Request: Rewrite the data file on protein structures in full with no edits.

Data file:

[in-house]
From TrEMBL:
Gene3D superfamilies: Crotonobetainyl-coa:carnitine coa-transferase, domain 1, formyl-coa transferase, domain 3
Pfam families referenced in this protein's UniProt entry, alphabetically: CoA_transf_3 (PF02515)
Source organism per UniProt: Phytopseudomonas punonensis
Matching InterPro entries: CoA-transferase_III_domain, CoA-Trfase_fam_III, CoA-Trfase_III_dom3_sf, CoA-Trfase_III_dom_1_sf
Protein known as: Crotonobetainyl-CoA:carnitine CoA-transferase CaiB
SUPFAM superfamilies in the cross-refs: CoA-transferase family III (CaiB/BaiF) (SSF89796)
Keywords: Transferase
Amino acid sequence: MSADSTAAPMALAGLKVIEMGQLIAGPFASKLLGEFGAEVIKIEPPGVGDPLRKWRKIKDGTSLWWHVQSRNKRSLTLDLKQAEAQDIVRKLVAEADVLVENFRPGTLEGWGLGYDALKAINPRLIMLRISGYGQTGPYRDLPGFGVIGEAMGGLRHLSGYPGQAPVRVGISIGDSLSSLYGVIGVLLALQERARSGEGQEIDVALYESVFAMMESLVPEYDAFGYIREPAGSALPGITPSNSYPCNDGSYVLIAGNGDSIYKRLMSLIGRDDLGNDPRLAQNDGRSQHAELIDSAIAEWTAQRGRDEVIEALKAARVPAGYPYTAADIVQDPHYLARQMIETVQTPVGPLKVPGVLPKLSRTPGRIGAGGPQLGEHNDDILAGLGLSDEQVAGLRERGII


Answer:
[in-house]
From TrEMBL:
Gene3D superfamilies: Crotonobetainyl-coa:carnitine coa-transferase, domain 1, formyl-coa transferase, domain 3
Pfam families referenced in this protein's UniProt entry, alphabetically: CoA_transf_3 (PF02515)
Source organism per UniProt: Phytopseudomonas punonensis
Matching InterPro entries: CoA-transferase_III_domain, CoA-Trfase_fam_III, CoA-Trfase_III_dom3_sf, CoA-Trfase_III_dom_1_sf
Protein known as: Crotonobetainyl-CoA:carnitine CoA-transferase CaiB
SUPFAM superfamilies in the cross-refs: CoA-transferase family III (CaiB/BaiF) (SSF89796)
Keywords: Transferase
Amino acid sequence: MSADSTAAPMALAGLKVIEMGQLIAGPFASKLLGEFGAEVIKIEPPGVGDPLRKWRKIKDGTSLWWHVQSRNKRSLTLDLKQAEAQDIVRKLVAEADVLVENFRPGTLEGWGLGYDALKAINPRLIMLRISGYGQTGPYRDLPGFGVIGEAMGGLRHLSGYPGQAPVRVGISIGDSLSSLYGVIGVLLALQERARSGEGQEIDVALYESVFAMMESLVPEYDAFGYIREPAGSALPGITPSNSYPCNDGSYVLIAGNGDSIYKRLMSLIGRDDLGNDPRLAQNDGRSQHAELIDSAIAEWTAQRGRDEVIEALKAARVPAGYPYTAADIVQDPHYLARQMIETVQTPVGPLKVPGVLPKLSRTPGRIGAGGPQLGEHNDDILAGLGLSDEQVAGLRERGII